Emperor Ingyo (允恭天皇)

Emperor Ingyo (circa 376 - February 8, 453) was the nineteenth Emperor of Japan (reigned from January, 413, to February 8, 453). His names include Oasazuma wakugo no sukune no mikoto and Oasazuma wakugo no sukune no miko (according to "Kojiki" [literally, The Records of Ancient Matters]). He is identified with the king of Wa (supposedly, Japan), King Sai, of the five kings of Wa, described in the Chinese history books, "So-jo" (which is known as "Sung-shu" in Chinese or the Book of Song [one of the Southern Dynasties of China]) and "Ryo-jo" (known as "Liang-shu" in Chinese or the Book of Liang).

Genealogy

Oasazuma wakugo no sukune no miko (the future Emperor Ingyo) was the fourth son (prince) of Emperor Nintoku. His mother was a daughter of KATSURAGI no Sotsuhiko, whose name was Iwanohime no mikoto.

He was a younger brother of Emperors Richu and Hanzei.

Imperial Palace
It was Totsu asuka no miya Palace in the capital (located presumably in present-day Asuka, Asuka-mura Village, Takaichi-gun County, Nara Prefecture.)

The first Emperor who built a palace in Asuka was Ingyo.

Background

The followings are based on "Nihonshoki" (Chronicles of Japan).

Since Emperor Hanzei passed away in February, 410, without naming the Crown Prince, a crowd of retainers conferred together and recommended Oasazuma wakugo no sukune no mikoto as the Emperor (okimi). He repeatedly refused to accept the emperorship on the ground of being ill, so that the throne remained vacant, but in January, 413, upon strong request from Oshisaka no onakatsu hime no mikoto, he finally acceded to the throne.

In September, 413, a doctor was invited from Silla (ancient Korean kingdom) to treat illness of the Emperor.

In October, 416, in order to resolve a confusion in the Uji-kabane system (the system of clans and hereditary titles) among various clans, the Emperor carried out Kugatachi ordeal (also known as kukatachi or kukadachi, which refers to hot-water ordeal) at Amakashi no oka Hill in Asuka.

In August, 416, Tamada no sukune (grandson of KATSURAGI no Sotsuhiko) turned out to be rebellious, and the Emperor punished him by death.

In January, 419, the Emperor made Sotooshi (also read Sotoori) no iratsume, a younger sister of the Empress, enter into court (which was called judai, meaning an imperial consort's bridal entry into court), but this fell under the Empress's displeasure, and he made Sotooshi no iratsume live in the Fujiwara no miya Palace (in present-day Kashihara City, Nara Prefecture).

In March, 419, Sotooshi no iratsume who feared the jealous Empress moved to Chinu no miya Palace (in present-day Izumisano City, Osaka Prefecture).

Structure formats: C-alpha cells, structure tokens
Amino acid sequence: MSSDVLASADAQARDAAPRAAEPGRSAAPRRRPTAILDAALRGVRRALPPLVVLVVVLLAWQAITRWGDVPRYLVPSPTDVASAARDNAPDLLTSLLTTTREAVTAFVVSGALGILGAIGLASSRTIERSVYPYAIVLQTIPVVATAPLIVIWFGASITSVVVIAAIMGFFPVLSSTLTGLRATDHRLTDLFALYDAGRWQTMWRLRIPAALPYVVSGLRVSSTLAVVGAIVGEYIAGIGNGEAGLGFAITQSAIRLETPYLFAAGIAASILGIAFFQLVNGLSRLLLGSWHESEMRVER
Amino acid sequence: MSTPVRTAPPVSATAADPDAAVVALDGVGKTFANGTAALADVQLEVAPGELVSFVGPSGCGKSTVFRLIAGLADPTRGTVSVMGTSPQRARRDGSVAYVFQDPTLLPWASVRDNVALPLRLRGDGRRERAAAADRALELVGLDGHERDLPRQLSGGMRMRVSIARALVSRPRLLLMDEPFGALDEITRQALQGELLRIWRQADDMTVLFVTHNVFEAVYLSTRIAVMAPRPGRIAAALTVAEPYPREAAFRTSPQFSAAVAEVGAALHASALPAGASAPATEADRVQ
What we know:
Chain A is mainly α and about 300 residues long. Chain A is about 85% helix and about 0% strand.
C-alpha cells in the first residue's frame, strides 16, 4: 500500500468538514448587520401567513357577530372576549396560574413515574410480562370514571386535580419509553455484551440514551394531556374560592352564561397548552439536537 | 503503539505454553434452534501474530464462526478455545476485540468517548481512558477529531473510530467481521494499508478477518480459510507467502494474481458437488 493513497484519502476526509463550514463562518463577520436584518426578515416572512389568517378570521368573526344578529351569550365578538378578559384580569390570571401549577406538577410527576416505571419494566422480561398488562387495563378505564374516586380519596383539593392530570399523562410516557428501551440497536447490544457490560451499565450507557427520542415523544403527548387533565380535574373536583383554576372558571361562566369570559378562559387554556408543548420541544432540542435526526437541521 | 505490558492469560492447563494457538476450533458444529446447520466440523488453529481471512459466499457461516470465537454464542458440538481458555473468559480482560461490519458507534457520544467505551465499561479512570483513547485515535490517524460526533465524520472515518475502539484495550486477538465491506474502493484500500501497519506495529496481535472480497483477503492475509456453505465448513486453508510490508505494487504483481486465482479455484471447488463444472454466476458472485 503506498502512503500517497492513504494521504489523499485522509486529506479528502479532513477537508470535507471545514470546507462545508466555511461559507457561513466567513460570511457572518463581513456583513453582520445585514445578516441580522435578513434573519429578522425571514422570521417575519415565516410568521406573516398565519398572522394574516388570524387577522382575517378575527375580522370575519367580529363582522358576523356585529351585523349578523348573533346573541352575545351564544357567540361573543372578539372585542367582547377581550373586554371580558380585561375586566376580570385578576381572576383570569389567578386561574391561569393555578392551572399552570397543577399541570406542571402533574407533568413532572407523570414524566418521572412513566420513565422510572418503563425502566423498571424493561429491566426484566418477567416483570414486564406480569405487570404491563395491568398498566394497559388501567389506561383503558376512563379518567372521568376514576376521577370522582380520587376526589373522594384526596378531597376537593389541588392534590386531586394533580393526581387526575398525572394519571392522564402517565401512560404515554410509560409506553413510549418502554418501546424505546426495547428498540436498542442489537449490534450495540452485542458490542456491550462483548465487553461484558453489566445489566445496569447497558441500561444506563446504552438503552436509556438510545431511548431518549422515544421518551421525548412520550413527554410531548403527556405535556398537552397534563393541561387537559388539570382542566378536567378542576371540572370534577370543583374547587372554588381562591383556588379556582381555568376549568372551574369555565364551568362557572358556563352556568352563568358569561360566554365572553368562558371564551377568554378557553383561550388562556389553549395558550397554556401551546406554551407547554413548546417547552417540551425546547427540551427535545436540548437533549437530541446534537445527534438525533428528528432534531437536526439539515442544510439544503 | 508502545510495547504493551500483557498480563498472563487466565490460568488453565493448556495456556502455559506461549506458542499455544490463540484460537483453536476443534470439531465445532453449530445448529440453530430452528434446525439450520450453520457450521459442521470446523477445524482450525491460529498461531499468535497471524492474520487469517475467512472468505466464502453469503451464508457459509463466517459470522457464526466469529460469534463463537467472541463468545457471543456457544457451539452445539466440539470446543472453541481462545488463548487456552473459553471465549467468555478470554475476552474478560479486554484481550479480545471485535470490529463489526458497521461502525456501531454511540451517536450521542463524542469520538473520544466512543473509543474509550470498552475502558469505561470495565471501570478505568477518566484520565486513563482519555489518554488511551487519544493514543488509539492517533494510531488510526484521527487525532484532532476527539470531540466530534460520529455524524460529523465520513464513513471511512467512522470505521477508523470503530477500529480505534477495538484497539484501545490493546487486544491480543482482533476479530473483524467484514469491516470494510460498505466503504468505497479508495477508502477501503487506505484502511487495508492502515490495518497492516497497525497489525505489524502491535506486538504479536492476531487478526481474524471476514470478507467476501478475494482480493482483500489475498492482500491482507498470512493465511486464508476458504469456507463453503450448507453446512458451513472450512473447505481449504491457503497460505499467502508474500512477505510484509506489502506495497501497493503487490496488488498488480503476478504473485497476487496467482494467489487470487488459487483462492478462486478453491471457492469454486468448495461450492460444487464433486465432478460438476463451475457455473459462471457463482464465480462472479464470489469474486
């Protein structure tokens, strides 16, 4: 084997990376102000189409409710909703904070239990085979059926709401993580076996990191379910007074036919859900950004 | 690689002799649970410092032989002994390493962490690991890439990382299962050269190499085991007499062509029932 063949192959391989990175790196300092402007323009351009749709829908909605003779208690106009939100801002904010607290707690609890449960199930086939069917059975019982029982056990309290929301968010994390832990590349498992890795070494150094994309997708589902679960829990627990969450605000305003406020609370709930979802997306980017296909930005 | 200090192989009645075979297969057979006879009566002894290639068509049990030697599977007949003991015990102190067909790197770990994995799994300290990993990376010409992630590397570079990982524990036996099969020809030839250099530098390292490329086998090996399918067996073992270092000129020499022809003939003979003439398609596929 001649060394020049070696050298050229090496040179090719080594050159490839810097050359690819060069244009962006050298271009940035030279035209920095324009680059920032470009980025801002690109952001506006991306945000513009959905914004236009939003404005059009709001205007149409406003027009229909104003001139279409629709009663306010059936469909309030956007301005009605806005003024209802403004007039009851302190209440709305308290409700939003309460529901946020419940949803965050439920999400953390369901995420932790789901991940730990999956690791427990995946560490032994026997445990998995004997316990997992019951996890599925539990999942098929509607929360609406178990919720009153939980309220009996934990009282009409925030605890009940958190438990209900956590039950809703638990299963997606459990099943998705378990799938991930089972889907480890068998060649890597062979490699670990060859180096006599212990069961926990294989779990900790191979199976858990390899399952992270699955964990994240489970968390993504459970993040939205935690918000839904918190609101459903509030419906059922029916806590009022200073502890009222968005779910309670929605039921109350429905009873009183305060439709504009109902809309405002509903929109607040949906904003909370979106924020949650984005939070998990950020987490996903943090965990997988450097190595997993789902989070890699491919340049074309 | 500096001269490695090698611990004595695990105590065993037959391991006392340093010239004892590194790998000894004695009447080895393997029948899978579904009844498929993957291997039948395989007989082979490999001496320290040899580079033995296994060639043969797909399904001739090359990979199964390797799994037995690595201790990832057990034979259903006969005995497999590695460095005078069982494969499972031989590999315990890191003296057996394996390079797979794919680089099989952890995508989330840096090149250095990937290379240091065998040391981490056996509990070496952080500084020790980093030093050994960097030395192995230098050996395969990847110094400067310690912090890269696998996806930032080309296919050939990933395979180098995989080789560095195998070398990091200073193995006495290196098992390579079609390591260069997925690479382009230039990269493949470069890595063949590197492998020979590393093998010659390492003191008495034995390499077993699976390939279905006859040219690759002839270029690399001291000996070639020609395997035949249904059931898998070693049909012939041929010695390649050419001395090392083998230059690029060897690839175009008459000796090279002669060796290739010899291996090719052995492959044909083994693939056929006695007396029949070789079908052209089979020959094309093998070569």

Emperor continued the imperial visit to iratsume using hunting as his excuse, but in 421, he was warned by the Empress, thereafter rarely visiting Chinu.

In July, 435, an incest between the Crown Prince Kinashi no karu no miko and his younger sister, Karu no oiratsume, was brought to light.
Karu no oiratsume was exiled to Iyo Province (see Sotoori-hime legend)

He passed away in February, 453. The king of Silla mourned the demise and sent a messenger of condolence. His age at demise was 78 according to "Kojiki" and "Kujiki" (an ancient Japanese historical text), 80 according to "Gukansho" (Jottings of a Fool) and "Jinno Shotoki" (Chronicle of Gods and Sovereigns), and 81 according to the Kitano manuscript (the Kitano Ms., Class I, owned by Kitano-tenmangu Shrine in Kyoto) of the "Nihonshoki" (68 according to the unknown reference cited therein).

A Theory of Emperor Ingyo Being Gozoku

There is some peculiarity in the name of Emperor Ingyo. That is, his name Oasazuma wakugo no sukune no mikoto includes the title of honor, 'Sukune,' which does not fit for an Imperial (or royal) Family member. The title Sukune (which was written as "宿禰" or "足尼" in Japanese) was, particularly from the fourth century to the sixth, often added after the name of influential gozoku (local ruling families, who are not related to the royal family) (e.g., NOMI no Sukune, TAKENOUCHI no Sukune, TAKARI no Sukune and so on). Therefore, there is a theory which regards the Emperor Ingyo as originally being a member of gozoku from Katsuragi (Gose City, Nara Prefecture), and presumed that after the death of Emperor Hanzei, he may possibly have usurped the throne. Collateral evidences for that include: a fact that his name is fundamentally different from those of Richu and Hanzei which bear the title of wake (which means 'coming into being'); a legend that he was despised by these two Emperors as a fool because of his illness and his accession to the throne did not proceed smoothly; a story told in genealogies of Soga and Katsuragi clans which were the influential Gozoku of the time that there was reportedly a person known as WAKUGO no Sukune who was a son of TAKENOUCHI no Sukune at a period which overlaps that of Ingyo; and a problem in the "So-jo" (the Book of Song) that it does not describe any blood relationship between King Sai of Wa (Ingyo) and King Chin of Wa (identified with Hanzei).

Imperial Tomb and Mausoleum

He was entombed in Ega no nagano no kita no misasagi (mausoleum). The mausoleum is identified with Kokufu Ichinomiya kofun (tumulus) (a large keyhole-shaped tumulus of 228 meters in the total length) located at 1-chome, Kokufu, Fujiidera City, Osaka Prefecture.